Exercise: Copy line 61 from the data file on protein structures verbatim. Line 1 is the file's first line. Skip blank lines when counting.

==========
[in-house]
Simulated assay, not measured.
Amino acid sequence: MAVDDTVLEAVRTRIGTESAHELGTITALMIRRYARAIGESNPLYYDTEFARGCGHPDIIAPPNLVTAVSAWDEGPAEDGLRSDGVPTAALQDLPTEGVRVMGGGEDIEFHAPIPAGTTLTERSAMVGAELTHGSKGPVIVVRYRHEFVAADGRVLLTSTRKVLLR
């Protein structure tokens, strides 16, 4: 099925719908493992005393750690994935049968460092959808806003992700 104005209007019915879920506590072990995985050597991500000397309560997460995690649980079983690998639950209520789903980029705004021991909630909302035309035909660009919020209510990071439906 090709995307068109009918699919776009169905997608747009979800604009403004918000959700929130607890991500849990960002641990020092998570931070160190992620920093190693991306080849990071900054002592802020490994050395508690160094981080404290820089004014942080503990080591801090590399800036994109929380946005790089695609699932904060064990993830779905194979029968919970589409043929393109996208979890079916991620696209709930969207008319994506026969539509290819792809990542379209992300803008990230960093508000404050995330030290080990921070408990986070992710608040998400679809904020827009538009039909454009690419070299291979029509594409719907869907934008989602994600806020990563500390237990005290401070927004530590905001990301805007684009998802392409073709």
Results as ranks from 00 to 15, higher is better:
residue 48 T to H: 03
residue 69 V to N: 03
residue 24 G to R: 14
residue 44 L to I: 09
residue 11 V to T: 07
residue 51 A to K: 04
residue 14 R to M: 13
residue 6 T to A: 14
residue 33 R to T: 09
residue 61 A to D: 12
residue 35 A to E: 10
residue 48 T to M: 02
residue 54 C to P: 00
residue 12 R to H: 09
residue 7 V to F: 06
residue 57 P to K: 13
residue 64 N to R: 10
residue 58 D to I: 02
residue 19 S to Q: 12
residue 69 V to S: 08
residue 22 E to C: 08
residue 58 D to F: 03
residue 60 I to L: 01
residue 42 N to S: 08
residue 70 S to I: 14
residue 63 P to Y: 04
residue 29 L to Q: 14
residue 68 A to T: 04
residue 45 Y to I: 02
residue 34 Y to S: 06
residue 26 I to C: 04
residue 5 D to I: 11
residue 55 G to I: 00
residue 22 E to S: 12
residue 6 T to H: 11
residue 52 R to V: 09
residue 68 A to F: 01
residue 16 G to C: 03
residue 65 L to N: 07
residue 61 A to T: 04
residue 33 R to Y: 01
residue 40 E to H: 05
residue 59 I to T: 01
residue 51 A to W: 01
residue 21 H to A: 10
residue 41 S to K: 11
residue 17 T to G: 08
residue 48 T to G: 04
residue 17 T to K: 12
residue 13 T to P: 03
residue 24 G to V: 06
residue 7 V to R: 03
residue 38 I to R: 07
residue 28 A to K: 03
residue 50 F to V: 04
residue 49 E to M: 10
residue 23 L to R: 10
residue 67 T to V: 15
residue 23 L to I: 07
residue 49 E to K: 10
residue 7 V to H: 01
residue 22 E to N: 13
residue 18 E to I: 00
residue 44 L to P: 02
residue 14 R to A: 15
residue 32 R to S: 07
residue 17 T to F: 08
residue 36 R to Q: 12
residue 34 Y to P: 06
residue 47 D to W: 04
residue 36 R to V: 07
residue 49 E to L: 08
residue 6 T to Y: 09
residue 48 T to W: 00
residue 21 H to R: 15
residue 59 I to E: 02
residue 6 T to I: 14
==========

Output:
residue 49 E to M: 10